'A Dog's Purpose' Producer Speaks Out About 'Inexcusable' Video — but Insists Footage Is 'Highly Misleading'

A producer attached to A Dog's Purpose speaks out in a lengthy op-ed about the 'inexcusable' but misleading controversial footage

A producer on A Dog’s Purpose is speaking out about controversial footage that surfaced showing a German Shepherd seemingly being forced into churning water to film a scene for the movie.

In a lengthy essay for The Hollywood Reporter, Gavin Polone, a self-professed animal lover, repeatedly states that the video is “inexcusable” while asserting that full footage from the day in question proves that the dog was never actually forced to participate in the stunt when he felt uncomfortable.

“Like you, I’m sure, I was appalled when I saw the video, shot on the set of A Dog’s Purpose in Winnipeg in October 2015, of a dog trainer trying to coerce a frightened German [Shepherd] into a pool,” Polone begins. “Unlike you, the terrible feeling engendered by that video was heightened for me because I am the producer of that film and because much of my identity is fused with the belief that I am a lover and defender of animals and their welfare.”

Polone, a vegan, goes on to explain that he has helped with animal welfare causes in the past and even revealed that his will stipulates that all his assets be donated to charities supporting animal causes.

“Love of animals defines my existence, and that love is what drove me to struggle for years to get Bruce Cameron’s brilliant and widely cherished novel about the bond between a person and a dog made into a movie,” Polone writes of the movie’s source material. “So now, the idea that I’m connected to an accusation of the abuse of a dog is, to understate it, painful.”


Polone then addresses two incidents depicted in the controversial video: the German Shepherd being held by a trainer near the edge of a turbulent pool, and then later going under water for a few seconds before the scene is cut. “These two things are absolutely INEXCUSABLE and should NEVER have happened,” Polone states. “The dog trainer should have stopped trying to get the dog to go in the water as soon as the dog seemed uncomfortable, and the trainers should have had support under the dog as soon as he came to the side of the pool and/or had less turbulence in the water so he never would have gone under.”

The American Humane Association — which Polone claims is “not offering enough protection to stop those events and displaying no real protest after they occurred” — has suspended the safety representative on the film, pending an investigation.

However, Polone also insists that there is more to the story than the video shows. He claims that the dog was happily doing the stunt during rehearsal but with one difference — it was on the left side of the pool instead of the right. After filmmakers decided to flip that around, the dog seemed to become uncomfortable and spooked, he says.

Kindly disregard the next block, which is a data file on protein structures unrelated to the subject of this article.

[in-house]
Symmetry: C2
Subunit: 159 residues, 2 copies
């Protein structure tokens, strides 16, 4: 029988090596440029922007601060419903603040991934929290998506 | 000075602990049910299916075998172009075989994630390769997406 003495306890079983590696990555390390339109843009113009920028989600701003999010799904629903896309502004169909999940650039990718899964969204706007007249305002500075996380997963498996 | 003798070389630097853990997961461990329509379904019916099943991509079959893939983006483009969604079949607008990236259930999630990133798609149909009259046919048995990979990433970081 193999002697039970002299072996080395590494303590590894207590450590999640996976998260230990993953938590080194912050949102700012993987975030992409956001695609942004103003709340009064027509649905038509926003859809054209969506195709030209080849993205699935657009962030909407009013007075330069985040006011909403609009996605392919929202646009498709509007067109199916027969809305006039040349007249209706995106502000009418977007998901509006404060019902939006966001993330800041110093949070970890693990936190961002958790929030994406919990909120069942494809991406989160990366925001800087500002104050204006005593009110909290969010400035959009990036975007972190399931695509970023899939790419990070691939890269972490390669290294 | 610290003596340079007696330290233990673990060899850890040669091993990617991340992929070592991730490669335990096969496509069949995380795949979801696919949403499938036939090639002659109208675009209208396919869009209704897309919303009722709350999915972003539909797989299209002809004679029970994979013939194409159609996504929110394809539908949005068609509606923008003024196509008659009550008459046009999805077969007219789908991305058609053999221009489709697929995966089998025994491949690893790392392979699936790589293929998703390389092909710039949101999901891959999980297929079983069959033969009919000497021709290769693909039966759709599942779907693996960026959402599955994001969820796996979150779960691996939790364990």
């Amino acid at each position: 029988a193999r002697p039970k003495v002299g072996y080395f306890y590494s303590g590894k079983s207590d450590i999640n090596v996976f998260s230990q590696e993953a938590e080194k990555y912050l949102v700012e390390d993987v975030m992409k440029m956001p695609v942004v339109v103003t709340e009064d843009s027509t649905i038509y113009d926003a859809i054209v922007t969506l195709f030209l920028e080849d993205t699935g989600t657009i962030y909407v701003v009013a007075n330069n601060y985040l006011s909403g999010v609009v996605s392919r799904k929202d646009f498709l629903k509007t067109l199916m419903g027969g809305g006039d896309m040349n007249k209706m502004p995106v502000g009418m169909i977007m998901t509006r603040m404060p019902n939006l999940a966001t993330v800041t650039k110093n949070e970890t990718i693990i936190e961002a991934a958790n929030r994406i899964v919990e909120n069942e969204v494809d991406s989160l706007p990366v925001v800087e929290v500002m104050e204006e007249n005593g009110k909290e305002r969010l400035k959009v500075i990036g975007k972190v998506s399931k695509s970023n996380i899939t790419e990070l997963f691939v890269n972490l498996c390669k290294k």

“When the dog didn’t want to do the scene from the new position, they cut, though not soon enough, and then went back to the original position. What is clear from viewing all the footage was that the dog was NEVER forced into the water,” Polone says.

He claims that the video’s “edited version gives the impression that the dog was thrown in and eventually drowned, since the two parts seem to be connected. You never see him pulled out and OK. This is highly misleading.” He adds that filmmakers later released footage, dated Jan. 19, showing the dog, Hercules, happy and healthy.

Polone also slams animal-watchdog group PETA, says that it is partly to blame for “fomenting negative publicity around these events with great energy.”

“Lastly, I hope you’ll think about PETA and its actions in all of this. Not only have they been circulating the TMZ video, which portrays an inaccurate picture of what happened, but they have included a clip from our trailer where you see the dog jumping into a treacherous rushing wall of water. But THAT ISN’T A REAL DOG, it is a computer-generated dog leaping into the water,” Polone clarifies.

In a statement released shortly after the video surfaced, PETA condemned the incident, saying it was “calling on dog lovers to boycott the film in order to send the message that dogs and other animals should be treated humanely, not as movie props.”

Still, Polone says that PETA’s attack on the film “does not excuse the mistakes made 15 months ago, irrespective of the fact that the dog in question was unharmed.”

“I swear to you, whether I make another dime on this movie or not has no effect on my life. But if studios stop backing films like A Dog’s Purpose because they fear being attacked by groups like PETA, and kids who are now the age I was when I formed my understanding that animals are deserving of love and protection can’t see those movies, it will absolutely have a negative effect on animal welfare in the future,” he concludes.

A Dog’s Purpose opens in theaters Jan. 27.

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